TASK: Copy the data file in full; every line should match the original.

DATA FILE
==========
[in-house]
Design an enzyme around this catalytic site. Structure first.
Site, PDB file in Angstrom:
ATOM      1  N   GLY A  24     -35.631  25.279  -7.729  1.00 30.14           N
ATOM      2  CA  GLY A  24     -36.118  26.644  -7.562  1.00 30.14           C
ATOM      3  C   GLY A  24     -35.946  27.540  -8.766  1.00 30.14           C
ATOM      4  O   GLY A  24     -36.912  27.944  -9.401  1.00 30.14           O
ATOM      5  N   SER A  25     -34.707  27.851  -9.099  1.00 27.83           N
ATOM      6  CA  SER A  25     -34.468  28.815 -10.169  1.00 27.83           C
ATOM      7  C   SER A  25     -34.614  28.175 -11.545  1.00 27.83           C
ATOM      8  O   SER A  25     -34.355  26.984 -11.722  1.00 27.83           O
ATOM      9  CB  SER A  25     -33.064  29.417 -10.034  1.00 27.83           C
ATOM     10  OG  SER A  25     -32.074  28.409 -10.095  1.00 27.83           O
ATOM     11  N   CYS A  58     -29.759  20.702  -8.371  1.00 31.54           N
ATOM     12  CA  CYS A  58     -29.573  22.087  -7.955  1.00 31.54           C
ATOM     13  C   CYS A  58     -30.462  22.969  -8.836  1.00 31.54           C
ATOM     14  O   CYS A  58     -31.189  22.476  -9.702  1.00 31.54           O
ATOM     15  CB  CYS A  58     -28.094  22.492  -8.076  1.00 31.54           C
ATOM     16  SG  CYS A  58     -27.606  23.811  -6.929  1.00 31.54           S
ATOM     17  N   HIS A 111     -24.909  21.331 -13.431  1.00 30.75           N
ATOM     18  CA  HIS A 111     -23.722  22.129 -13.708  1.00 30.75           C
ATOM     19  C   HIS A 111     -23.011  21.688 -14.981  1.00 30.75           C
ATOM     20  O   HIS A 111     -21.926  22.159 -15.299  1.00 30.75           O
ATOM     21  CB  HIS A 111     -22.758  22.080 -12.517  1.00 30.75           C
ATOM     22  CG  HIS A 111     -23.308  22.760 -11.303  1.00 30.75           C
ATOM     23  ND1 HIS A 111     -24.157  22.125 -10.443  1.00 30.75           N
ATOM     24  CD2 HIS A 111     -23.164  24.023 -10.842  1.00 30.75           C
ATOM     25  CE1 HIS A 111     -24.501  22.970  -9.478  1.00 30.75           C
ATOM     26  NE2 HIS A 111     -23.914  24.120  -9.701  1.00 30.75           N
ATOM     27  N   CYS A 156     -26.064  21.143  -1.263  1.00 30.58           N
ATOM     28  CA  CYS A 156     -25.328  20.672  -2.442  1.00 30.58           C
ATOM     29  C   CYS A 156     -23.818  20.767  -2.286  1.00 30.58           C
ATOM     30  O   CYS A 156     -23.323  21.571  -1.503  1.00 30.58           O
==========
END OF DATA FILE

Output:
[in-house]
Design an enzyme around this catalytic site. Structure first.
Site, PDB file in Angstrom:
ATOM      1  N   GLY A  24     -35.631  25.279  -7.729  1.00 30.14           N
ATOM      2  CA  GLY A  24     -36.118  26.644  -7.562  1.00 30.14           C
ATOM      3  C   GLY A  24     -35.946  27.540  -8.766  1.00 30.14           C
ATOM      4  O   GLY A  24     -36.912  27.944  -9.401  1.00 30.14           O
ATOM      5  N   SER A  25     -34.707  27.851  -9.099  1.00 27.83           N
ATOM      6  CA  SER A  25     -34.468  28.815 -10.169  1.00 27.83           C
ATOM      7  C   SER A  25     -34.614  28.175 -11.545  1.00 27.83           C
ATOM      8  O   SER A  25     -34.355  26.984 -11.722  1.00 27.83           O
ATOM      9  CB  SER A  25     -33.064  29.417 -10.034  1.00 27.83           C
ATOM     10  OG  SER A  25     -32.074  28.409 -10.095  1.00 27.83           O
ATOM     11  N   CYS A  58     -29.759  20.702  -8.371  1.00 31.54           N
ATOM     12  CA  CYS A  58     -29.573  22.087  -7.955  1.00 31.54           C
ATOM     13  C   CYS A  58     -30.462  22.969  -8.836  1.00 31.54           C
ATOM     14  O   CYS A  58     -31.189  22.476  -9.702  1.00 31.54           O
ATOM     15  CB  CYS A  58     -28.094  22.492  -8.076  1.00 31.54           C
ATOM     16  SG  CYS A  58     -27.606  23.811  -6.929  1.00 31.54           S
ATOM     17  N   HIS A 111     -24.909  21.331 -13.431  1.00 30.75           N
ATOM     18  CA  HIS A 111     -23.722  22.129 -13.708  1.00 30.75           C
ATOM     19  C   HIS A 111     -23.011  21.688 -14.981  1.00 30.75           C
ATOM     20  O   HIS A 111     -21.926  22.159 -15.299  1.00 30.75           O
ATOM     21  CB  HIS A 111     -22.758  22.080 -12.517  1.00 30.75           C
ATOM     22  CG  HIS A 111     -23.308  22.760 -11.303  1.00 30.75           C
ATOM     23  ND1 HIS A 111     -24.157  22.125 -10.443  1.00 30.75           N
ATOM     24  CD2 HIS A 111     -23.164  24.023 -10.842  1.00 30.75           C
ATOM     25  CE1 HIS A 111     -24.501  22.970  -9.478  1.00 30.75           C
ATOM     26  NE2 HIS A 111     -23.914  24.120  -9.701  1.00 30.75           N
ATOM     27  N   CYS A 156     -26.064  21.143  -1.263  1.00 30.58           N
ATOM     28  CA  CYS A 156     -25.328  20.672  -2.442  1.00 30.58           C
ATOM     29  C   CYS A 156     -23.818  20.767  -2.286  1.00 30.58           C
ATOM     30  O   CYS A 156     -23.323  21.571  -1.503  1.00 30.58           O